Who Needs Customers, Anyway? New SEC Rules Turn Traders Into Dealers

In Short

The Situation: The Securities and Exchange Commission (the "SEC" or "Commission") has adopted new rules that further define the phrase "part of a regular business" for purposes of determining whether a person is a "dealer" or "government securities dealer" subject to registration under the Securities Exchange Act.

The Issue: By defining "part of a regular business" through qualitative standards for determining dealer and government securities dealer status, the rules greatly expand the number and types of entities that will be subject to agency oversight, and entities that provide liquidity to the markets under these standards will have to register as dealers within a year of the effective date of the rules.

Looking Ahead: While the rules are intended to increase market transparency, stability, and resiliency, as well as promote competition between liquidity providers through consistent regulation of similarly situated entities, the new rules could have the opposite effect (i.e., less liquidity and more volatility) in practice. Further, because there seems to be a lack of specific economic data supporting their adoption and for other reasons, the rules may be subject to challenge by affected market participants.

The SEC's New Rules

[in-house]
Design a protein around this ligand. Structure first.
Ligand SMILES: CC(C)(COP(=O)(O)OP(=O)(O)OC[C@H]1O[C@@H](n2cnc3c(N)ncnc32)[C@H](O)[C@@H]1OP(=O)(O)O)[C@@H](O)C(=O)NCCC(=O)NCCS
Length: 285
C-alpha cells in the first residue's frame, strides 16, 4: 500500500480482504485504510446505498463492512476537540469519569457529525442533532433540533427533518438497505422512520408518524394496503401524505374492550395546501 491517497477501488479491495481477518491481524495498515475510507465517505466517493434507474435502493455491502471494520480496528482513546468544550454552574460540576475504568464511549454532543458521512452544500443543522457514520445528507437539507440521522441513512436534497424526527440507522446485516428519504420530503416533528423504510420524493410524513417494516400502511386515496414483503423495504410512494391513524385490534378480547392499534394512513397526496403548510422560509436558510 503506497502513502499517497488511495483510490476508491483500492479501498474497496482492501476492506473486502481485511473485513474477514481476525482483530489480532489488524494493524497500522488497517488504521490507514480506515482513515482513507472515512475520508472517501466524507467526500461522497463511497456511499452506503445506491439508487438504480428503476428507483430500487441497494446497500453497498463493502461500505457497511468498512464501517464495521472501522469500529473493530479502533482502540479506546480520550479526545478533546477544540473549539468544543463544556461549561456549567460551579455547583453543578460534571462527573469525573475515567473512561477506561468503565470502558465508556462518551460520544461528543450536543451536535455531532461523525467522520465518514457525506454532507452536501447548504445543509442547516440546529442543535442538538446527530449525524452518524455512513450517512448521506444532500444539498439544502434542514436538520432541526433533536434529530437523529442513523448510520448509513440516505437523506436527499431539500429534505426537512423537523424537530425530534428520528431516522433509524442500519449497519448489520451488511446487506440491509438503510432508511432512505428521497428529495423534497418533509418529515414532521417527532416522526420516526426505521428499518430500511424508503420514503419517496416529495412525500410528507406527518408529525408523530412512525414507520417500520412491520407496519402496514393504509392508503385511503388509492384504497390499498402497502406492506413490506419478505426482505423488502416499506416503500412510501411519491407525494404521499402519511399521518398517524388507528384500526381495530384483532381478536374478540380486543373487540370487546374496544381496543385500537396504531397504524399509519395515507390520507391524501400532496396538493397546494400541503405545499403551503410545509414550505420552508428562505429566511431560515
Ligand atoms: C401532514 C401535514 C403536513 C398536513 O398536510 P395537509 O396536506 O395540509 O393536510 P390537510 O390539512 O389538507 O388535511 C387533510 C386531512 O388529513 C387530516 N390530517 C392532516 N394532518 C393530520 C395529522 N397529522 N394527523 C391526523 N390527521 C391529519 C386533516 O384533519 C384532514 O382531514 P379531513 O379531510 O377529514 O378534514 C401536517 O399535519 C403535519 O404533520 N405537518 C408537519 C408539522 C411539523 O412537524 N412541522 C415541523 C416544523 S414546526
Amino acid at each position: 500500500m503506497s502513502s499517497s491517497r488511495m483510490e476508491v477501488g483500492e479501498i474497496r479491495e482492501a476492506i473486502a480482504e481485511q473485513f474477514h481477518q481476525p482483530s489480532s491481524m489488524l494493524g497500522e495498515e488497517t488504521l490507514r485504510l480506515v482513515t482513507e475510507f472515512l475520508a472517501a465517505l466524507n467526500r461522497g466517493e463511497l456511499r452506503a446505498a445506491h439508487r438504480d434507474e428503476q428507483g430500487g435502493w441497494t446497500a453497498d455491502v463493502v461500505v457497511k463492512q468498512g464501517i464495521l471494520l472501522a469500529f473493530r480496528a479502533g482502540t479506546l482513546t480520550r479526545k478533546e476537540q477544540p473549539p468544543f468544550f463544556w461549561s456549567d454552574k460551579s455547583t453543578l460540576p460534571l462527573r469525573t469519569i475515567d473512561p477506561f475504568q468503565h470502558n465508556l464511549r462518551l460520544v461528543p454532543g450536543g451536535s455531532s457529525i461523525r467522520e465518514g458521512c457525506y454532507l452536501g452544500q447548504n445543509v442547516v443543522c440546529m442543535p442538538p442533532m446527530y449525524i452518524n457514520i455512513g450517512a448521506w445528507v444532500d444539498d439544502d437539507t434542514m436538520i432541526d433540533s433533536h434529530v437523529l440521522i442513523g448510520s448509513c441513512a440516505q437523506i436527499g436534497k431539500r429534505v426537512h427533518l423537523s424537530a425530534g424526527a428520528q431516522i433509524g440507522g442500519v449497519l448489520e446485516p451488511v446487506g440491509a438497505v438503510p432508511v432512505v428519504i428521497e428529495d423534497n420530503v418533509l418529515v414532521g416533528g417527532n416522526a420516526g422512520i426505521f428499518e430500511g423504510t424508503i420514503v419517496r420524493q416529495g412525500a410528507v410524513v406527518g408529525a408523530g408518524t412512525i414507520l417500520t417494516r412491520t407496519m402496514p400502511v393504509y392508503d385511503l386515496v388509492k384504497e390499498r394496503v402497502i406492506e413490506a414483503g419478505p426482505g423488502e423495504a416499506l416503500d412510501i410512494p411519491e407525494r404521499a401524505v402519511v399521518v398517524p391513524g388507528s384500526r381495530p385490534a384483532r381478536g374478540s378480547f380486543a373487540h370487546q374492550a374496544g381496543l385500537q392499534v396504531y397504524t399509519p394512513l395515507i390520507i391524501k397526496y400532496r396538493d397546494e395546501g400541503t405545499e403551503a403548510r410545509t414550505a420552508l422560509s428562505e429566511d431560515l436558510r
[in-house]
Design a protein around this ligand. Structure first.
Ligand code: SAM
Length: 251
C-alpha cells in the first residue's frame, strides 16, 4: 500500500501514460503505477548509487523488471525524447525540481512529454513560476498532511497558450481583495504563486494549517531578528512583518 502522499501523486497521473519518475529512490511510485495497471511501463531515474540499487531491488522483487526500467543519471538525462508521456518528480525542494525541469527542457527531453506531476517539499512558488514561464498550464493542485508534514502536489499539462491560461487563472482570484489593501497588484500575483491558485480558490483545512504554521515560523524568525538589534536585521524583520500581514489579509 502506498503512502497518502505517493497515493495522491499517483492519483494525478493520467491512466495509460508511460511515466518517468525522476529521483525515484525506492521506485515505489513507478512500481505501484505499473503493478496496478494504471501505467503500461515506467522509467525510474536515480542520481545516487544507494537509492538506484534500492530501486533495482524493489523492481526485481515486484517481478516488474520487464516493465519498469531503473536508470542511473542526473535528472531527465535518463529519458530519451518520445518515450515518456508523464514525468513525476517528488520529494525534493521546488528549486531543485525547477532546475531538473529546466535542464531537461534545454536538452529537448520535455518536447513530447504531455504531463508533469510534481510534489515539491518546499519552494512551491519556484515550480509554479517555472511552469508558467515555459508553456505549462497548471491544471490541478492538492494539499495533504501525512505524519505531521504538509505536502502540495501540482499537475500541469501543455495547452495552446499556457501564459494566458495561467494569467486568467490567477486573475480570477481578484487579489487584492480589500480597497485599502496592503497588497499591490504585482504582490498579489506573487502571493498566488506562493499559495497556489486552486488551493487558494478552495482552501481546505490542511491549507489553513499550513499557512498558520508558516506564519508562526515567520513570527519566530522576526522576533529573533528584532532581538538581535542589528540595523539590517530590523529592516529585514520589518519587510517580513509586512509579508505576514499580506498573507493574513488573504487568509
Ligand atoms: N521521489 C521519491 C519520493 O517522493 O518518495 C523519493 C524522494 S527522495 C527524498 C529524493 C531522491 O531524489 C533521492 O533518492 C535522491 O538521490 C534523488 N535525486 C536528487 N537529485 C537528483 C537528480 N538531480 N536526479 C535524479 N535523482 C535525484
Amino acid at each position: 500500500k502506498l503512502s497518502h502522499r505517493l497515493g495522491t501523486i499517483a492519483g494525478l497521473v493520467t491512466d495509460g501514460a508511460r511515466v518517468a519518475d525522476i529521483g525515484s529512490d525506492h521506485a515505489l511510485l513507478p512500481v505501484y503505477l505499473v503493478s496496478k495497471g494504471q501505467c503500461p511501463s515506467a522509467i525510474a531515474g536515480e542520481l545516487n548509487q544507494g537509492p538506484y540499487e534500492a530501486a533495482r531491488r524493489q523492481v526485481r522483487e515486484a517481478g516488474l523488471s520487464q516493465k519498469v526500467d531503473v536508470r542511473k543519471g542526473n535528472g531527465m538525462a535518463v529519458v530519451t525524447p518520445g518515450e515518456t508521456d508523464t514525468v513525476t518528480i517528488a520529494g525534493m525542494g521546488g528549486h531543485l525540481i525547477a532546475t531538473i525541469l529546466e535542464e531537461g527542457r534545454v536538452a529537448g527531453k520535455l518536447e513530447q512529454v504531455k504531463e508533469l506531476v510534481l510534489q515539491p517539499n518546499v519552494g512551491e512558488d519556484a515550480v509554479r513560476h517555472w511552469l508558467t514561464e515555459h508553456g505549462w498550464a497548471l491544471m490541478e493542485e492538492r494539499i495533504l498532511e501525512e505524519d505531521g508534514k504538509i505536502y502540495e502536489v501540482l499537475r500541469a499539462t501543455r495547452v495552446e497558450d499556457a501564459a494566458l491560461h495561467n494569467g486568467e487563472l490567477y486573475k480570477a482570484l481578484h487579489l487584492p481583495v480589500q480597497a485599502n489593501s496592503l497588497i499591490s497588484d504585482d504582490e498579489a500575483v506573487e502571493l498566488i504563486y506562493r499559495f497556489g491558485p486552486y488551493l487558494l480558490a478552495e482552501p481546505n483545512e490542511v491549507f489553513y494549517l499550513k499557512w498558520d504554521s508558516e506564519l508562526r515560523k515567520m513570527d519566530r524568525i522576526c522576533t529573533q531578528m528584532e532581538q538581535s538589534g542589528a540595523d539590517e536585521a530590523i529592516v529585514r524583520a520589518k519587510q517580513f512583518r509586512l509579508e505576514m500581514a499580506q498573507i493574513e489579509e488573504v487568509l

On February 6, 2024, the SEC published a release (the "Adopting Release") adopting new rules further defining certain terms used in the statutory definitions of "dealer" and "government securities dealer" under, respectively, Sections 3(a)(5) and 3(a)(44) of the Securities Exchange Act of 1934 ("Exchange Act"). These statutory provisions essentially define a "dealer" or "government securities dealer" as any person engaged in the business of buying and selling securities or government securities for such person's own account, but exclude "a person that buys or sells securities [or government securities] … for such person's own account, either individually or in a fiduciary capacity, but not as a part of a regular business." This longstanding exclusion—known as the dealer/trader distinction—has historically been relied upon by market participants, including hedge funds, to avoid registering with the SEC as dealers. The new rules significantly narrow the statutory exclusion and will likely require numerous entities to register as dealers; become members of a self-regulatory organization ("SRO") such as the Financial Industry Regulatory Authority ("FINRA); comply with federal and SRO broker-dealer requirements (including net capital and other financial responsibility, recordkeeping, and books and records rules); and become members of the Securities Investor Protection Corporation, or SIPC, for the first time.